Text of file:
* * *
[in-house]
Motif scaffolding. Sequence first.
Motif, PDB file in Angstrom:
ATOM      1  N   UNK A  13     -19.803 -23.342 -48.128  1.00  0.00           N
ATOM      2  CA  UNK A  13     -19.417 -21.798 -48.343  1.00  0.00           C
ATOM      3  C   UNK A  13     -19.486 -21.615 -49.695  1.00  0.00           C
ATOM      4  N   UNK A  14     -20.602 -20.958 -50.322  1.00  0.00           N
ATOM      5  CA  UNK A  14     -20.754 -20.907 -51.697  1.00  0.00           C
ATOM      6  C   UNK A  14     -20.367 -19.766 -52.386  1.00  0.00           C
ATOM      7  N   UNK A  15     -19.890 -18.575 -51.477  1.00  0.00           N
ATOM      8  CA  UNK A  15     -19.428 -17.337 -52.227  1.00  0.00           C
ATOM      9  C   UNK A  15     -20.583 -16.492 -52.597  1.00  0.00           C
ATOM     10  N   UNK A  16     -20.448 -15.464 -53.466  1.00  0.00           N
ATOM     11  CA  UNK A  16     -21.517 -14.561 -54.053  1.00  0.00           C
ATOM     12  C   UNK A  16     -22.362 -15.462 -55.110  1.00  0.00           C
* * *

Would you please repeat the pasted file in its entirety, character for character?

[in-house]
Motif scaffolding. Sequence first.
Motif, PDB file in Angstrom:
ATOM      1  N   UNK A  13     -19.803 -23.342 -48.128  1.00  0.00           N
ATOM      2  CA  UNK A  13     -19.417 -21.798 -48.343  1.00  0.00           C
ATOM      3  C   UNK A  13     -19.486 -21.615 -49.695  1.00  0.00           C
ATOM      4  N   UNK A  14     -20.602 -20.958 -50.322  1.00  0.00           N
ATOM      5  CA  UNK A  14     -20.754 -20.907 -51.697  1.00  0.00           C
ATOM      6  C   UNK A  14     -20.367 -19.766 -52.386  1.00  0.00           C
ATOM      7  N   UNK A  15     -19.890 -18.575 -51.477  1.00  0.00           N
ATOM      8  CA  UNK A  15     -19.428 -17.337 -52.227  1.00  0.00           C
ATOM      9  C   UNK A  15     -20.583 -16.492 -52.597  1.00  0.00           C
ATOM     10  N   UNK A  16     -20.448 -15.464 -53.466  1.00  0.00           N
ATOM     11  CA  UNK A  16     -21.517 -14.561 -54.053  1.00  0.00           C
ATOM     12  C   UNK A  16     -22.362 -15.462 -55.110  1.00  0.00           C